Drooping Eyelid (Ptosis)
What Is a Droopy Eyelid?
A droopy eyelid is the common term for ptosis, a condition where typically the upper eyelid droops over the eye. Sometimes ptosis is congenital, meaning it affects children from the time of birth. When adults have a droopy eyelid, it is most commonly from excess upper eyelid skin or from a weakening of the muscle that lifts the lid. This is called involutional ptosis. This happens when the levator muscle stretches or separates from its eyelid attachment and can no longer open the eyelid fully. Causes of droopy eyelids in adults include:
Diseases or tumors, such as Horner’s syndrome
Symptoms of abnormal eyelid drooping include:
Blocked vision — Sometimes the eyelid can droop so much that it covers part of the pupil, the black dot in the middle of the eye. This can partially or completely block normal sight. In children, ptosis can lead to amblyopia, also called lazy eye.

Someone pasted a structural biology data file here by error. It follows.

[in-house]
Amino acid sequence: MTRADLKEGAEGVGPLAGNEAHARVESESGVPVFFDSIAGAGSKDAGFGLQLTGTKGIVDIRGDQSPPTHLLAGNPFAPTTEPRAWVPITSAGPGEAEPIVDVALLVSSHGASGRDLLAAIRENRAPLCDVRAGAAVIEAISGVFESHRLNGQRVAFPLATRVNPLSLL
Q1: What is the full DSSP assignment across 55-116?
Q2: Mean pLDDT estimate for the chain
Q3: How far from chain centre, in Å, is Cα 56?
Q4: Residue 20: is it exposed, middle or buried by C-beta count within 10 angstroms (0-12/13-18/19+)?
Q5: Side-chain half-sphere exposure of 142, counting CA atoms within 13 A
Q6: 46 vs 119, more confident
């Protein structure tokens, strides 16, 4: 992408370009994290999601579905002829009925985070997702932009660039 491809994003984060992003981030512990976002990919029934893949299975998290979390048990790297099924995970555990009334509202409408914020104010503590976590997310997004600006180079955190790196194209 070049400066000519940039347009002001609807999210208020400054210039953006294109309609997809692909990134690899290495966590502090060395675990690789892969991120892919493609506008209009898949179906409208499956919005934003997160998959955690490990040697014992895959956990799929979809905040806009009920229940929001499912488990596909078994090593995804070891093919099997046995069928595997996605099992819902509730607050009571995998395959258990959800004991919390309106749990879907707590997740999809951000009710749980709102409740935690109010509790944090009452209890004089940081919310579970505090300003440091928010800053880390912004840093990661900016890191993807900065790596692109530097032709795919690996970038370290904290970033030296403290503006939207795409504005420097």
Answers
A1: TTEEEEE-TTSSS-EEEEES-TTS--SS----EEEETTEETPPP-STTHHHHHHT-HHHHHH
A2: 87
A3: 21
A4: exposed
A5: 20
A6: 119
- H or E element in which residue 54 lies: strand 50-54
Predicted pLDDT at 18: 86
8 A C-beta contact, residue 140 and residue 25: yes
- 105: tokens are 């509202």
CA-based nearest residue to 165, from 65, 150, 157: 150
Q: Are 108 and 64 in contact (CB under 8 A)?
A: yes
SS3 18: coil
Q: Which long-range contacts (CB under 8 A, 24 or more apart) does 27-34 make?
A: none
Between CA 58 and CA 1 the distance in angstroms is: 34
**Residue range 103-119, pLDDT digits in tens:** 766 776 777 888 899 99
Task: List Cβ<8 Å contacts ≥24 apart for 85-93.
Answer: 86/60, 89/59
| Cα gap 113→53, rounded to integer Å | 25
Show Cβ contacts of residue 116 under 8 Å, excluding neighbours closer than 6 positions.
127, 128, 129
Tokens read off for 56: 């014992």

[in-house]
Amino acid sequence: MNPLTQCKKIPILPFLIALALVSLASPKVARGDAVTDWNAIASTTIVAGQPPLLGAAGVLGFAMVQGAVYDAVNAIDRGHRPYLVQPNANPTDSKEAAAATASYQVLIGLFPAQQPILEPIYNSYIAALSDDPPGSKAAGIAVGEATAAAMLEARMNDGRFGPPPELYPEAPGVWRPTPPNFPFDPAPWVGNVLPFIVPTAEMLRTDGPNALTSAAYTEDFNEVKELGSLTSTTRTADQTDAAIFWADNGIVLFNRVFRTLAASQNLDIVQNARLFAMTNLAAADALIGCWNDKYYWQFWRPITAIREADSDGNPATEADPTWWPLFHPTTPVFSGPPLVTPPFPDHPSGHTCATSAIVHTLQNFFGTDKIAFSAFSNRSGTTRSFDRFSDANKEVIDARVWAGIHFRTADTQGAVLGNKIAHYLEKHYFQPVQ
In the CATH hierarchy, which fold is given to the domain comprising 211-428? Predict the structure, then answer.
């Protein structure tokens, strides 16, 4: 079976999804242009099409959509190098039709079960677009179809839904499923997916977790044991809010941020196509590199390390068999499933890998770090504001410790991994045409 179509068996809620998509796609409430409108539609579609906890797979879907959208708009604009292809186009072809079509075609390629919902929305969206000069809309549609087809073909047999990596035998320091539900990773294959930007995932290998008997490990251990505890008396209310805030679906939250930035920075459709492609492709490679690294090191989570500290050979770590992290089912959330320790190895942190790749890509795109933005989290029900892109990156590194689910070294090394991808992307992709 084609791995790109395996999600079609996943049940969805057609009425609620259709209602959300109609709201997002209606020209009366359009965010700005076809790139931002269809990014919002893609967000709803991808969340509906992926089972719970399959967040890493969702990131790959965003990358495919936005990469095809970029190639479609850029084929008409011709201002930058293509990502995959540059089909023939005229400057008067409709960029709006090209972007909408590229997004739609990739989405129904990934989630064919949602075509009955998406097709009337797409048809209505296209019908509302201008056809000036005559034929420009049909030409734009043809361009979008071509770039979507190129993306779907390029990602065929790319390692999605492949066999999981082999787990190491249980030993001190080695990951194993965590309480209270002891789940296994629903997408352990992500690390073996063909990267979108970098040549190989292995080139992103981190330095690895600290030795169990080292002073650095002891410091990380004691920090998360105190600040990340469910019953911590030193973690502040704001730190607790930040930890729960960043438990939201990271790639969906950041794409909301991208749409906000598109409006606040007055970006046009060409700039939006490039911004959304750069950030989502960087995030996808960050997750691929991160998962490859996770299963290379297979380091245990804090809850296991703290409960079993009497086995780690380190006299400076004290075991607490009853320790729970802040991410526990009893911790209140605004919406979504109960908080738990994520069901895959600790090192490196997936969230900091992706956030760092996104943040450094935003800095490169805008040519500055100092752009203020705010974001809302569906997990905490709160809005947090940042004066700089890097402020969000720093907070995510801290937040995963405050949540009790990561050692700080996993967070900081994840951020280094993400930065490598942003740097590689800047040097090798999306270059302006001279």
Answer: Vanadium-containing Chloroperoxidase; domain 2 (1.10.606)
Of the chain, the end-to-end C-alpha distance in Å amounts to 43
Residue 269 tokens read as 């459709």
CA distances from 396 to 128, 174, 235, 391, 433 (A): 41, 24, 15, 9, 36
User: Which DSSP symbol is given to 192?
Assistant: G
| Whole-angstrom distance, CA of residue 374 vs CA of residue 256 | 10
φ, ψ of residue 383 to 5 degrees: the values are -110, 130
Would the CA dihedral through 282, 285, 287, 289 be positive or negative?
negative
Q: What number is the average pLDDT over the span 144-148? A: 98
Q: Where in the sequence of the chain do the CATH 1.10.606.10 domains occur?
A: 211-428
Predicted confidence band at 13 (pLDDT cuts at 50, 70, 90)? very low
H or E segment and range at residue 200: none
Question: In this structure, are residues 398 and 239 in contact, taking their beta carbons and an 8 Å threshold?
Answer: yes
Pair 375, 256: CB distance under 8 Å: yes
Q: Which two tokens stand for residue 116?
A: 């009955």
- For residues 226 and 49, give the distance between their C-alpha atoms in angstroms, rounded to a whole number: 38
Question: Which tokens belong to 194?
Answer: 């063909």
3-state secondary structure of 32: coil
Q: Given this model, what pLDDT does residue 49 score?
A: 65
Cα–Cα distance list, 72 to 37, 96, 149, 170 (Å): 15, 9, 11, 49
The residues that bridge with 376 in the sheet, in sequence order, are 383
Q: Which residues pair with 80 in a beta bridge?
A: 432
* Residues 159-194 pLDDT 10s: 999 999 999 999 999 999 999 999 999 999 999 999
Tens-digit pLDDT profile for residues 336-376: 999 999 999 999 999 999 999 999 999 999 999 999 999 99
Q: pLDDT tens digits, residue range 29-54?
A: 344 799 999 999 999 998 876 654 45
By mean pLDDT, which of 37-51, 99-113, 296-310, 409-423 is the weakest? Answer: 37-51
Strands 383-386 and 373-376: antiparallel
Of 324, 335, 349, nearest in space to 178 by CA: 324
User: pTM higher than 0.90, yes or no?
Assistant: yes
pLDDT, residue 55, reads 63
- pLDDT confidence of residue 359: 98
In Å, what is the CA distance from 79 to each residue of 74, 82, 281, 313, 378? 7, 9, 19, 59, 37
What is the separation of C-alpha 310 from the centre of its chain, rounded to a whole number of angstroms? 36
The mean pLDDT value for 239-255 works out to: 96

A heavy eyelid feeling – This is due to the eyelid skin weighing the lid down.
To treat a droopy eyelid, doctors perform an eyelid surgery called blepharoplasty to remove the excess skin and sometimes reattach the levator muscle so it works better. This surgery may be done to improve the cosmetic appearance of the eyelid but insurance only pays for surgery that helps restore vision.
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If you're experiencing signs or symptoms of a drooping eyelid, schedule an appointment or call 800-TEMPLE-MED (800-836-7536) today.
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